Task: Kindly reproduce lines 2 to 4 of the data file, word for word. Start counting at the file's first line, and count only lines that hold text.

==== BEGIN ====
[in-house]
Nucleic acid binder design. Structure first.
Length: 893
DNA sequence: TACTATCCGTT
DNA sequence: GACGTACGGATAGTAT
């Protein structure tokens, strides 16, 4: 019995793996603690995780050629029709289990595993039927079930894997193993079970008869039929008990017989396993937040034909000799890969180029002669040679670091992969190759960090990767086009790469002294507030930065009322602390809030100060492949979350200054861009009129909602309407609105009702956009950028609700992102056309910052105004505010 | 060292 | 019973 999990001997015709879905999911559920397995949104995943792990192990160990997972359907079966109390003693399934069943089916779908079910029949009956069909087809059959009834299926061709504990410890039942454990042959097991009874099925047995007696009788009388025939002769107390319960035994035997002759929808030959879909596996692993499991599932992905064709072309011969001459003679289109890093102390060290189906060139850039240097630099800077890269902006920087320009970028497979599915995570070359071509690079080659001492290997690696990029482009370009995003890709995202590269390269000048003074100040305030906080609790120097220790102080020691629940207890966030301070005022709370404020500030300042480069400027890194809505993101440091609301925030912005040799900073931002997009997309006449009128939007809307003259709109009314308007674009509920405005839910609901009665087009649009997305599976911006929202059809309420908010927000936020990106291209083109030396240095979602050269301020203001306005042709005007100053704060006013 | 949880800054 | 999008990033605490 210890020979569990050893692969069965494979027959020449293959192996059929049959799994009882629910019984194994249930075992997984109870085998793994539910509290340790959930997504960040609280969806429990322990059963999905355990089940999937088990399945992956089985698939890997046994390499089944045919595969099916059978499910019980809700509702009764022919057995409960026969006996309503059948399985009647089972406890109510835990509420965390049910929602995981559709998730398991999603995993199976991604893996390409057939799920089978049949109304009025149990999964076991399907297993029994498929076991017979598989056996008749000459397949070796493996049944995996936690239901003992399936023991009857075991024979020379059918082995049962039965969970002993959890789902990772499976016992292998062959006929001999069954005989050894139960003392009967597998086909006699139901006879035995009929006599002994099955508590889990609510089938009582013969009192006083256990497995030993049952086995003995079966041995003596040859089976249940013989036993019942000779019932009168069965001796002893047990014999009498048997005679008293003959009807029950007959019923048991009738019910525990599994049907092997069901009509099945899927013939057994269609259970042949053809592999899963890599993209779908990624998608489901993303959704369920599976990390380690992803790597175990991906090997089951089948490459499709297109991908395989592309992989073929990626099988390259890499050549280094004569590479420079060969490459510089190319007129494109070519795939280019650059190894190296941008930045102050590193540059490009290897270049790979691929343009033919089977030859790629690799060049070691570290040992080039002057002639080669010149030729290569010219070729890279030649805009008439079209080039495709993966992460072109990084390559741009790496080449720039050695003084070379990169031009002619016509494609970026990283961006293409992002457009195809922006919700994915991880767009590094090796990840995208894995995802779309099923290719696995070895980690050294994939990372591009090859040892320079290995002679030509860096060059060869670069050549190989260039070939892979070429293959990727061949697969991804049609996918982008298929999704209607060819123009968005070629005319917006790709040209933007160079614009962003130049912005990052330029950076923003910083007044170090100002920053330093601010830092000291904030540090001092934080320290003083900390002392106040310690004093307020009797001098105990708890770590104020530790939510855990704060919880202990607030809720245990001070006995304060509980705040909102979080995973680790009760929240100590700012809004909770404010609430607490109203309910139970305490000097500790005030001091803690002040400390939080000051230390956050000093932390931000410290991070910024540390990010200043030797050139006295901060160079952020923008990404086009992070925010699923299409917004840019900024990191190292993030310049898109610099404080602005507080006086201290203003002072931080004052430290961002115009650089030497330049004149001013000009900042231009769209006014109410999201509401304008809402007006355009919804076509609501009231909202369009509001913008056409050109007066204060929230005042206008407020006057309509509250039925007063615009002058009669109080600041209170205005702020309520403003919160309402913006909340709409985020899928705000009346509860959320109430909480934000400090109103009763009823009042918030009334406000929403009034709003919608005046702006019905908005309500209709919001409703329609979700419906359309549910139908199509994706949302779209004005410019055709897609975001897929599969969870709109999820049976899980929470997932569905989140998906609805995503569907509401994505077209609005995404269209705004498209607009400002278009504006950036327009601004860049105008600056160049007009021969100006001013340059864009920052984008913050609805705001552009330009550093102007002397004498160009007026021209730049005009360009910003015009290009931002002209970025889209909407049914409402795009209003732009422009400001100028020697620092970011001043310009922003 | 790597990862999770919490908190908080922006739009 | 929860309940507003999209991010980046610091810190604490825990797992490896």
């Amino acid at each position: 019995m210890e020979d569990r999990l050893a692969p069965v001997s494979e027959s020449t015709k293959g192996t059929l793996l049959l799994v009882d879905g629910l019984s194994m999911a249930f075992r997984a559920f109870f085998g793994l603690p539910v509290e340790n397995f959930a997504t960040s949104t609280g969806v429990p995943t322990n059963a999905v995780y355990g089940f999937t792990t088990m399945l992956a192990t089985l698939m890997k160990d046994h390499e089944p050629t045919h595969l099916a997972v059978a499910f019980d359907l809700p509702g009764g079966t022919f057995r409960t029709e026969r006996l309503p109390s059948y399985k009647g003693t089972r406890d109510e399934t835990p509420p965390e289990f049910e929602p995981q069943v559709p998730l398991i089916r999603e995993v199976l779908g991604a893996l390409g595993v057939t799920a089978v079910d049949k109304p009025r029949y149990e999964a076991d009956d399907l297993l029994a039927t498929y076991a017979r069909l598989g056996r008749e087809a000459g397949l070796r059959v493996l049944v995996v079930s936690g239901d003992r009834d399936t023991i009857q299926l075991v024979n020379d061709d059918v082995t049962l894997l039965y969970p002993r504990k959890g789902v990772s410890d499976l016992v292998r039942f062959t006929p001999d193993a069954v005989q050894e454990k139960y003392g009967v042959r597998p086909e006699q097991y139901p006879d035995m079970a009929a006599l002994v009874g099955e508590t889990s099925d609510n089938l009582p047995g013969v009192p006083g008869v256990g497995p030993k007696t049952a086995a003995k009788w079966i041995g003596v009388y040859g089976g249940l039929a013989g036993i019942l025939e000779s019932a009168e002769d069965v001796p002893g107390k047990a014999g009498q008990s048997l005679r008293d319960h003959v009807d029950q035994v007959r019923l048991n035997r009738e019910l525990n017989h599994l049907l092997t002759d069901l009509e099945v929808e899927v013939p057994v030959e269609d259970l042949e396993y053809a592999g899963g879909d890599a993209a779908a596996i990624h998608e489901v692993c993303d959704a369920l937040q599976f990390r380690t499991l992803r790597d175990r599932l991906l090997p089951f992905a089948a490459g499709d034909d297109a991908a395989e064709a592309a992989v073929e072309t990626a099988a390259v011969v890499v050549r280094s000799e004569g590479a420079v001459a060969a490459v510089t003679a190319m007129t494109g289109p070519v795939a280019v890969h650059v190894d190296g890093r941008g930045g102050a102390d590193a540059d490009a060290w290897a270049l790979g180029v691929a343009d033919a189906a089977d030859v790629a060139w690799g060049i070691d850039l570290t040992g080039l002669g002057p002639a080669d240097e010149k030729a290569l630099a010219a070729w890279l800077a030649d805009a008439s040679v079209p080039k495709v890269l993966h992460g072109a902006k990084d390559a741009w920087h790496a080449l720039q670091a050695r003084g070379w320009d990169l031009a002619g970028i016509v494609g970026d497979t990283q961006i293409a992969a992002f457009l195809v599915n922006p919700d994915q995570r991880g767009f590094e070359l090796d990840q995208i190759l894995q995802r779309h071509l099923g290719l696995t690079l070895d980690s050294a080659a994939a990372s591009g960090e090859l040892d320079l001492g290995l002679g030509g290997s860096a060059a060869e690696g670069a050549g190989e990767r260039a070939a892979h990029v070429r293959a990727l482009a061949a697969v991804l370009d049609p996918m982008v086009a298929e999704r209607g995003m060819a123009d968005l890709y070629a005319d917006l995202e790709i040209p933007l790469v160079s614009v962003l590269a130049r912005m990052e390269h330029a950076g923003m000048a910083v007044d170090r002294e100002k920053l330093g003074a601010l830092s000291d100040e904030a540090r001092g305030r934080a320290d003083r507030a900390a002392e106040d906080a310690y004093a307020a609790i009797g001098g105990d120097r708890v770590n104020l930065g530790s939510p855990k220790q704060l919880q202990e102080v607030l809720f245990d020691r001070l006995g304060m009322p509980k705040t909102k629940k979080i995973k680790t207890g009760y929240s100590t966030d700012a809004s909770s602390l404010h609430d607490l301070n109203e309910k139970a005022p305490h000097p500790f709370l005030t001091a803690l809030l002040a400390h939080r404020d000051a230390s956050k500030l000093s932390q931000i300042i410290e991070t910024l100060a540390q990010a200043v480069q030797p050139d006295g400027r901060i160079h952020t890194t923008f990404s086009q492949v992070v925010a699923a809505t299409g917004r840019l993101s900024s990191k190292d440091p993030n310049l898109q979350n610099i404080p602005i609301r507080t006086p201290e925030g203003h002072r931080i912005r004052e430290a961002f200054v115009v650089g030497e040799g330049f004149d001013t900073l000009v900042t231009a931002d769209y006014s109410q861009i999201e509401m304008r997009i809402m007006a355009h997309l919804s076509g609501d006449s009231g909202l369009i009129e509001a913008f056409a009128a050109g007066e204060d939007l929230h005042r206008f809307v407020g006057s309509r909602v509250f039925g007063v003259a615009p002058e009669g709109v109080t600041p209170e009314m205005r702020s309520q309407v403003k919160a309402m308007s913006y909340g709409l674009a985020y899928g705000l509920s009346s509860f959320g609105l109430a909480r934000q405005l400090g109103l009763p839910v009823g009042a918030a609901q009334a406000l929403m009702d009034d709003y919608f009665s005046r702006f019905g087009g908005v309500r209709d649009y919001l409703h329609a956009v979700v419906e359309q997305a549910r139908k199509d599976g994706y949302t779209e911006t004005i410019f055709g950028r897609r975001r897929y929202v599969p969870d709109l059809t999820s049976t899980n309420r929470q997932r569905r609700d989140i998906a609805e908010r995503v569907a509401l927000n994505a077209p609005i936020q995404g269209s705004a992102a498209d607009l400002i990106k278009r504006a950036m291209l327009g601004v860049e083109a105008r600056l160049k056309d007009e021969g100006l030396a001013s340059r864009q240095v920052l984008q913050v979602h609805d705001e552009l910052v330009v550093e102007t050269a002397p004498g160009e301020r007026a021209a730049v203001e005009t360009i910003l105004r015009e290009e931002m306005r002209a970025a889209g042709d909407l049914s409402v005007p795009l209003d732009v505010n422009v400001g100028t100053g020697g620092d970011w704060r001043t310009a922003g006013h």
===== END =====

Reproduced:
Nucleic acid binder design. Structure first.
Length: 893
DNA sequence: TACTATCCGTT